Published online by Cambridge University Press: 26 June 2019
Uses and Abuses of Goethe
THROUGHOUT MUCH OF the nineteenth and the first half of the twentieth century, it was common to use Goethe to diagnose the contemporary historical moment, to view him either as an emblem of his time or a representative of a bygone or coming age. This reception by cultural elites across the ideological spectrum certainly began during his lifetime, first with Die Leiden des Jungen Werthers (The Sufferings of Young Werther) and then his reception by the Romantics, and again in the 1820s and 1830s, with writers of the Vormärz accusing him of being politically and culturally out of touch. In each instance, the engagement with Goethe served to articulate a vision of the present moment, of modernity, and of historical time more broadly; in each instance, Goethe is positively or negatively invoked in the name of history. The young Nietzsche brings this approach to Goethe to a polemical head in his Unzeitgemäße Betrachtungen (Untimely Meditations), opening his assault on the modern conception of history with a quote from Goethe's correspondence with Schiller, where Goethe describes his ambivalent reaction to Kant: “Übrigens ist mir alles verhaßt, was mich bloß belehrt, ohne meine Thätigkeit zu vermehren, oder unmittelbar zu beleben” (In any case, I hate everything that merely instructs me without augmenting or directly enlivening my activity). For Nietzsche, untimeliness is an inherently historical category, for it positions past, present, and future in relation to one another (it is the attempt to act “gegen die Zeit und dadurch auf die Zeit und hoffentlich zugunsten einer kommenden Zeit” (counter to our time and thereby [to act] on our time and, let us hope, for the benefit of a time to come), though it is a likewise category aimed at the heart of historicism and the method of academic history, which, as Nietzsche argues, via Goethe, has lost any connection to the vital activity of “life.”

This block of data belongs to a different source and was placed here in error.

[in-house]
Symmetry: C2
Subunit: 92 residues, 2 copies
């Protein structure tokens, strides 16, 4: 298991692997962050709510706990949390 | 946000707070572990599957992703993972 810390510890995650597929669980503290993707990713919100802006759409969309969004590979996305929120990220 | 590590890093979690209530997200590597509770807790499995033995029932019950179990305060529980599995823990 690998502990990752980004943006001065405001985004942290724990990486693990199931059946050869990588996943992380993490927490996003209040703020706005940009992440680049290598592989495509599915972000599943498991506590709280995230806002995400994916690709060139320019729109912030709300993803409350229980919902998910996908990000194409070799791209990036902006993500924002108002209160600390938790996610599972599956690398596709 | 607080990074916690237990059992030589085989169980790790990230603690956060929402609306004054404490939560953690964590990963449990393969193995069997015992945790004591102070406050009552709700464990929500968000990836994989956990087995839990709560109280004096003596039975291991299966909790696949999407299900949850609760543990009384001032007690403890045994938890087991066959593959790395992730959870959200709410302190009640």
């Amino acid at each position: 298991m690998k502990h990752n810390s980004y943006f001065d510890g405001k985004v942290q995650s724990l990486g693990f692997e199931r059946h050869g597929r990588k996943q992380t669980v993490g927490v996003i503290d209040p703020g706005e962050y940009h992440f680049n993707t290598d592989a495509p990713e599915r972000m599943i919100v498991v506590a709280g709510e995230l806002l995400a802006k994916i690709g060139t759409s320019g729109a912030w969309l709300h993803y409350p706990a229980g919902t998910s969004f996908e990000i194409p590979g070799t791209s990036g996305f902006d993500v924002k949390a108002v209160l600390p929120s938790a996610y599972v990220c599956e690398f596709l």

In a 1993 lecture on “Goethes Unzeitgemäße Geschichte” (“Goethe's Untimely History”), Reinhart Koselleck explores a similar conception of untimeliness, namely as a historical category that is directed against the modern concept of history and that catalyzes multidirectional relationships between past, present, and future.